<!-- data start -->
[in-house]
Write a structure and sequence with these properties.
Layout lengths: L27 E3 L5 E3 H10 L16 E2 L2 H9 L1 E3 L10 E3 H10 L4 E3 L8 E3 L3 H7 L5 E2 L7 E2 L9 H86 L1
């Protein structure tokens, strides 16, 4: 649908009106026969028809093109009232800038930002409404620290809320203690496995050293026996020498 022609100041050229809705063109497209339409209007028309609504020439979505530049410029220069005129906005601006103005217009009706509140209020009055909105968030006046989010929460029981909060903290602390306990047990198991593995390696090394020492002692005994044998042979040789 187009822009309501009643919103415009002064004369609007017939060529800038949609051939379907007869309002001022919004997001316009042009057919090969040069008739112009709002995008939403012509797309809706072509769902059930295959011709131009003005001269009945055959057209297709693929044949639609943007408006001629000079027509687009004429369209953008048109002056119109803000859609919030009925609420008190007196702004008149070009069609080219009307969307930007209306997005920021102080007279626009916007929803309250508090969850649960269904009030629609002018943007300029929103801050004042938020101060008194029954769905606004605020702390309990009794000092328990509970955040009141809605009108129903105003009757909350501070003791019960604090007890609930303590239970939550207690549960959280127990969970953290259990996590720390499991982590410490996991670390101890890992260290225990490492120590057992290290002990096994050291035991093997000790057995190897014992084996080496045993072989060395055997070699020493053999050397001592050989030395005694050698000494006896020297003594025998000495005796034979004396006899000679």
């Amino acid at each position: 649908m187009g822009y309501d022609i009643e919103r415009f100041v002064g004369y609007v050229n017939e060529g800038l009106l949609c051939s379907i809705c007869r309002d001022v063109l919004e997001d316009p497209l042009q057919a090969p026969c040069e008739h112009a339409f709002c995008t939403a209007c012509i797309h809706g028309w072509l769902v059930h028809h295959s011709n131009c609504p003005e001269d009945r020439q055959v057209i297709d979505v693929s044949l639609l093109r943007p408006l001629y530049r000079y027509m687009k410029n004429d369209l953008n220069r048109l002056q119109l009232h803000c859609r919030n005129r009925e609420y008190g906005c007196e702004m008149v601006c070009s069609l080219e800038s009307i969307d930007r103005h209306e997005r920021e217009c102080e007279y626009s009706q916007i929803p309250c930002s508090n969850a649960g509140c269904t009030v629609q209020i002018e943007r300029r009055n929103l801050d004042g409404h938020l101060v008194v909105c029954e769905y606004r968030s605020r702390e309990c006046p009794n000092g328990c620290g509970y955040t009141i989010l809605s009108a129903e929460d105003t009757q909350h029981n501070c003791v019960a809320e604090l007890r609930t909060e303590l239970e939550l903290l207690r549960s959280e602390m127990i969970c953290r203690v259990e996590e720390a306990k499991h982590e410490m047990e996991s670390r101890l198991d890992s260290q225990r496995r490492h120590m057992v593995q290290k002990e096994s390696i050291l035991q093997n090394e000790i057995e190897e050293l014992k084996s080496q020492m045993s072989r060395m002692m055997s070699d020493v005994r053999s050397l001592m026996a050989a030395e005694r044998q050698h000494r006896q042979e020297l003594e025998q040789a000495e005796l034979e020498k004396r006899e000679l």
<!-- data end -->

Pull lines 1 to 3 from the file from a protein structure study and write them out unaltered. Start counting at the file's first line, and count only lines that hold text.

[in-house]
Write a structure and sequence with these properties.
Layout lengths: L27 E3 L5 E3 H10 L16 E2 L2 H9 L1 E3 L10 E3 H10 L4 E3 L8 E3 L3 H7 L5 E2 L7 E2 L9 H86 L1